7. Ellis, Christopher, and James A. Stimson. 2012. Ideology in America. New York: Cambridge University Press.CrossRefGoogle Scholar
  8. Erikson, Robert S, Michael B. Mackuen, and James A. Stimson. 2002. The Macro Polity. New York: Cambridge University Press.Google Scholar
  9. Festinger, Leon. 1957. A Theory of Cognitive Dissonance. Redwood City, CA: Stanford University Press.Google Scholar
  10. Free, Lloyd A., and Hadley Cantril. 1967. The Political Beliefs of Americans. New Brunswick, NJ: Rutgers University Press.Google Scholar
  11. Gerber, Alan S., Gregory A. Huber, David Doherty, Conor M. Dowling, and Shang E. Ha. 2010. “Personality and Political Attitudes: Relationships Across Issue Domains and Political Contexts.” The American Political Science Review 104: 111–133.CrossRefGoogle Scholar
  12. Goodnough, Abby, “Where Health Law Helps Voters but Saps Votes,” New York Times 17 September, 2014.Google Scholar
  13. Harmon-Jones, Eddie, David M. Amodio, and Harmon-Jones. Cindy. 2009. “Action-Based Model of Dissonance: A Review, Integration, and Expansion.” Advances in Experimental Social Psychology 41: 119–166.CrossRefGoogle Scholar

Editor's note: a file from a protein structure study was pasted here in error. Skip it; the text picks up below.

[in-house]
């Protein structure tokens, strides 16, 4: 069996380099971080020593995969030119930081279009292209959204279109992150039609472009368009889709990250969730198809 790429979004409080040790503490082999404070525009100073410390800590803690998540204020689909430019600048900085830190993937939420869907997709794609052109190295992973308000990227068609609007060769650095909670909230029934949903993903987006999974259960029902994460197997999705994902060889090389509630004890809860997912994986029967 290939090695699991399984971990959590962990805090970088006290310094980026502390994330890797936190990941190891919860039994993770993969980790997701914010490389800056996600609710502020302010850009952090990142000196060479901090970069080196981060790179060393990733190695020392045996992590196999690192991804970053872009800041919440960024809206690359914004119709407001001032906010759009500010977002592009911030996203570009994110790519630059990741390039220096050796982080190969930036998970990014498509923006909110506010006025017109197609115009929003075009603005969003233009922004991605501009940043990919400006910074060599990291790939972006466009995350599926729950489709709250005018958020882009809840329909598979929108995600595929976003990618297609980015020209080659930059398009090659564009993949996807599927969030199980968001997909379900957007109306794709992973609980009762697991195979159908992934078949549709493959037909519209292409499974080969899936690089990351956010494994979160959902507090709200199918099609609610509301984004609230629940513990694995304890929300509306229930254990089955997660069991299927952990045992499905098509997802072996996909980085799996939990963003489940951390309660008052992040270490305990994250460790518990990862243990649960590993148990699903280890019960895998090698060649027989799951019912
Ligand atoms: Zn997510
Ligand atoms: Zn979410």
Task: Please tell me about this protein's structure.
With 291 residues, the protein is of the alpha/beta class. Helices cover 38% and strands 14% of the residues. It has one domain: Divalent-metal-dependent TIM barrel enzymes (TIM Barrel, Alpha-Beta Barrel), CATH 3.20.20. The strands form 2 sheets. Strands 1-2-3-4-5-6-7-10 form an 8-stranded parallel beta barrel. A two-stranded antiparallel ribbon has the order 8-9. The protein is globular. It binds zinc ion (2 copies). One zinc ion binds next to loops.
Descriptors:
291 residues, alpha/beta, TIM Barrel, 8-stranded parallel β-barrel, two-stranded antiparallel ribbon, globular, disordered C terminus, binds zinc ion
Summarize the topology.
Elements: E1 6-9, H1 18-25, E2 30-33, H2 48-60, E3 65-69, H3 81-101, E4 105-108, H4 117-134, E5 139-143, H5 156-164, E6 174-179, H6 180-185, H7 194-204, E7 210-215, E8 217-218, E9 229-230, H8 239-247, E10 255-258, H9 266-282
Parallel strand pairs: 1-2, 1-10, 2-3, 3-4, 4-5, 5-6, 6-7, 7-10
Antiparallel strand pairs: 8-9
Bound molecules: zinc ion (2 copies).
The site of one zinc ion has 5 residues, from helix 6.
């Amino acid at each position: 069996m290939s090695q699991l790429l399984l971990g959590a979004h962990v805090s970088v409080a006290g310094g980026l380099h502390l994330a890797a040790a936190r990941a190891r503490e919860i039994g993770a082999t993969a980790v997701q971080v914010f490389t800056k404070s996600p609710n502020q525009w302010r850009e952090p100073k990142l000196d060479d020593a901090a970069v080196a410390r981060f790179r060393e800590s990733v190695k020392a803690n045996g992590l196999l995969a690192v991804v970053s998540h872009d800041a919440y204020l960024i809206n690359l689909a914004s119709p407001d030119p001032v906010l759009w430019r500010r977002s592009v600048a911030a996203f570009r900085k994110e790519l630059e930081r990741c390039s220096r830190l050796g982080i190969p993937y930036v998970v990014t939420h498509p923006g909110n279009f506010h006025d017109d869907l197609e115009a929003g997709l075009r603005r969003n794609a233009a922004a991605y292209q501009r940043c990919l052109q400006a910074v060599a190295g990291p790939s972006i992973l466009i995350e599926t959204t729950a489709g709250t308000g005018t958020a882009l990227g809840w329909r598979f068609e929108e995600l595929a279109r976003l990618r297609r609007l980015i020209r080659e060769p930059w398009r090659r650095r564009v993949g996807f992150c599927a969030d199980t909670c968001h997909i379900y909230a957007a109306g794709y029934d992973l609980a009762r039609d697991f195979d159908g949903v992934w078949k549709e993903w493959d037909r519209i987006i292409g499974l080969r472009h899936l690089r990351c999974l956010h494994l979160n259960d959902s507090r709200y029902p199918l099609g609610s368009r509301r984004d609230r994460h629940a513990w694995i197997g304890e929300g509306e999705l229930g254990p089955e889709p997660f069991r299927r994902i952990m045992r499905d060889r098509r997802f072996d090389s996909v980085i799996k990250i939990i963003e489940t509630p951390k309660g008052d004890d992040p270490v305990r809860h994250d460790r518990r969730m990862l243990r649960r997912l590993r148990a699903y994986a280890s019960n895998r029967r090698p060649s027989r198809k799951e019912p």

14. Hatemi, Peter K., and Brad Verhulst. 2015. “Political Attitudes Develop Independently of Personality Traits.” Plos One 10: 1–24.Google Scholar
  15. Iyengar, Shanto, and Donald R. Kinder. 1987. News That Matters: Television and American Opinion. Chicago, IL: University of Chicago Press.Google Scholar
  16. Kaiser Family Foundation. 2013. “Kaiser Health Tracking Poll: March 2013.” Kff.org. http://kff.org/health-reform/poll-finding/march-2013-tracking-poll/
  17. Kaiser Family Foundation. 2014. “Kaiser Health Policy Tracking Poll: December 2014.” Kff.org. http://kff.org/health-reform/poll-finding/kaiser-health-policy-tracking-poll-december-2014/
  18. Keith, Bruce, E., David B. Magleby, Candice J. Nelson, Elizabeth A. Orr, and Mark C. Westlye. 1992. The Myth of the Independent Voter. Berkeley CA: University of California Press.Google Scholar
  19. Kirzinger, Ashley, Bryan Wu, and Mollyann Brodie. 2016. “Kaiser Health Tracking Poll: September 2016,” kff.org. http://kff.org/health-costs/report/kaiser-health-tracking-poll-september-2016/
  20. McGregor, R. Michael. 2013. “Cognitive Dissonance and Political Attitudes: The Case of Canada.” Social Science Journal 50: 168–176.CrossRefGoogle Scholar